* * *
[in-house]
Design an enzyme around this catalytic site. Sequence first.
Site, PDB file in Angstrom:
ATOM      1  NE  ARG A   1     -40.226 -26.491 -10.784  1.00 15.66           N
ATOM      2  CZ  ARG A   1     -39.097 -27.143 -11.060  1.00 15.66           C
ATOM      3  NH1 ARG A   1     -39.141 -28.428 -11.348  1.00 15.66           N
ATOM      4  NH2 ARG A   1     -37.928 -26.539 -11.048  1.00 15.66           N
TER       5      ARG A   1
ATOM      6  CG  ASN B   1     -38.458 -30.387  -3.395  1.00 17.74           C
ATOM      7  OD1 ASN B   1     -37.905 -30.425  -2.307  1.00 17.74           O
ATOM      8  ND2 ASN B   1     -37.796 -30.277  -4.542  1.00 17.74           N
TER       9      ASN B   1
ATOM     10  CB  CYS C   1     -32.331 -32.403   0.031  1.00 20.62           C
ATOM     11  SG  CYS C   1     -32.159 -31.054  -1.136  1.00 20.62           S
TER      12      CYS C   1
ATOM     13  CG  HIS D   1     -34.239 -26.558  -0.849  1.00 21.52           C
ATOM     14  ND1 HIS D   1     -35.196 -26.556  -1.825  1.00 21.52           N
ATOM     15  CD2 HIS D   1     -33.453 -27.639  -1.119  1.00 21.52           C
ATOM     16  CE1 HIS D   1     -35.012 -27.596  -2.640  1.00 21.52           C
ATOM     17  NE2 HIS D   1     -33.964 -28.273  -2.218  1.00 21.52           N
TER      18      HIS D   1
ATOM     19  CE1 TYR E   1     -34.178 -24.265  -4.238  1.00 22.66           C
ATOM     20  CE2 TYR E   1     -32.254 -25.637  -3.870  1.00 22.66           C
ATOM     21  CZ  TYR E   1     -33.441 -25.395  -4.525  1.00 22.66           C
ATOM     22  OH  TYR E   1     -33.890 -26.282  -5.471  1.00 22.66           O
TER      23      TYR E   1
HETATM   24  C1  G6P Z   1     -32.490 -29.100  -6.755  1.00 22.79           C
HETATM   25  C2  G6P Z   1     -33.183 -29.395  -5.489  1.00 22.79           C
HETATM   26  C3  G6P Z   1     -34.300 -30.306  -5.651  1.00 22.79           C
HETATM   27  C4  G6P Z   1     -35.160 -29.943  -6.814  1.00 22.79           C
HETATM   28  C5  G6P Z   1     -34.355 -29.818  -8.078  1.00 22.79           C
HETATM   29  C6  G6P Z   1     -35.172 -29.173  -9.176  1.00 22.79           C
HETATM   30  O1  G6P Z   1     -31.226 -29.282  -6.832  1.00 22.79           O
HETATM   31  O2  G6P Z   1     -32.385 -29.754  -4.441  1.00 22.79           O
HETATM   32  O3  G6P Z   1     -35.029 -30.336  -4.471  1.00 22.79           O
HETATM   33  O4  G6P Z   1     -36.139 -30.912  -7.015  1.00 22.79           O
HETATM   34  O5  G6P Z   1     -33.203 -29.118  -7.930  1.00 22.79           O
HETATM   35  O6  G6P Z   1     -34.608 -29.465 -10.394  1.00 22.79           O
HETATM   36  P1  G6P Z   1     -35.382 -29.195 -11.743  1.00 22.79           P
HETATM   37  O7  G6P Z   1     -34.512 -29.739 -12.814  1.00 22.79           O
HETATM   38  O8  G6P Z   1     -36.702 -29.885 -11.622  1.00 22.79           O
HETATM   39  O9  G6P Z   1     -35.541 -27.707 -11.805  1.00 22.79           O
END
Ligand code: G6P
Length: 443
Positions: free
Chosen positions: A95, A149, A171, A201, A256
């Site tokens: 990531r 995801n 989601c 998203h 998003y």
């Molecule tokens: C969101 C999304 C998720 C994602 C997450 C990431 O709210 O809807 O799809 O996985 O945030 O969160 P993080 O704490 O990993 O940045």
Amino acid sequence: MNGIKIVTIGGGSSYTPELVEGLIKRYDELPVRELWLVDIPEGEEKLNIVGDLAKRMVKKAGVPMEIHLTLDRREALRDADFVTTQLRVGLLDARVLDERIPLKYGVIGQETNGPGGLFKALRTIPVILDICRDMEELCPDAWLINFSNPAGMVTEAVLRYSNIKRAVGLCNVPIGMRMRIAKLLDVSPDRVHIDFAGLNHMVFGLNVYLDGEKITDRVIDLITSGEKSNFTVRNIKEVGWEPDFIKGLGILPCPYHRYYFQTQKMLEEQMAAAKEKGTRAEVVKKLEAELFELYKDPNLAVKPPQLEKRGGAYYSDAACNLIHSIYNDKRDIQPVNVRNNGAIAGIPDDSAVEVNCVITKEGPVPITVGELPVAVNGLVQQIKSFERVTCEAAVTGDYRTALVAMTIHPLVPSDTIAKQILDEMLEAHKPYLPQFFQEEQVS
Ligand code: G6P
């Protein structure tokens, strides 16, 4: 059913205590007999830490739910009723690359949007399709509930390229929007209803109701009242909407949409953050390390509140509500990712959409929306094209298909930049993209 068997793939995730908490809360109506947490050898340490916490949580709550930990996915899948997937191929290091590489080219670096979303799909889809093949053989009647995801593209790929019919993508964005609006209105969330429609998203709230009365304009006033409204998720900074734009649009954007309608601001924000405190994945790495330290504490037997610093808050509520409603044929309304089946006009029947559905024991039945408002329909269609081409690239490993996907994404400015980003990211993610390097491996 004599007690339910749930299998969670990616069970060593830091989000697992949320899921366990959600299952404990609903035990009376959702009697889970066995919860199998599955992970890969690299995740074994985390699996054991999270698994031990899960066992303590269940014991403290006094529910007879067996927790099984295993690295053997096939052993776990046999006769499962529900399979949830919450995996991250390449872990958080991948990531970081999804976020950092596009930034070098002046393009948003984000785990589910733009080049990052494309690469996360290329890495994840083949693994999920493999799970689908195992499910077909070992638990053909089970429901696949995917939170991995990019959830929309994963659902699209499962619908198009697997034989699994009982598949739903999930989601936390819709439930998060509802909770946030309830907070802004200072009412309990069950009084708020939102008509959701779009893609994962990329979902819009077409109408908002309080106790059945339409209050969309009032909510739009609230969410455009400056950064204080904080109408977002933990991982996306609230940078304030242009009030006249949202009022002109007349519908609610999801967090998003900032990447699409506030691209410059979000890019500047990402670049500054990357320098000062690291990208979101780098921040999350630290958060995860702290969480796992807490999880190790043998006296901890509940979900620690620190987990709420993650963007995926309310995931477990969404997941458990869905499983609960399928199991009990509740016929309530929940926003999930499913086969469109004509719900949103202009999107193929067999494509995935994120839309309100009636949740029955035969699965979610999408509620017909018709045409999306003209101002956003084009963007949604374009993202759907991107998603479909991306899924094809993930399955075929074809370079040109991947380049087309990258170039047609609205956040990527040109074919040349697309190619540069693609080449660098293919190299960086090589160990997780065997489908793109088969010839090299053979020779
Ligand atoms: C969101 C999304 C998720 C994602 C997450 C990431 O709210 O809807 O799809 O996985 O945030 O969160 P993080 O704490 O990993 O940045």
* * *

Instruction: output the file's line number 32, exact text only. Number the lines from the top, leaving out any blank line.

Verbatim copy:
HETATM   29  C6  G6P Z   1     -35.172 -29.173  -9.176  1.00 22.79           C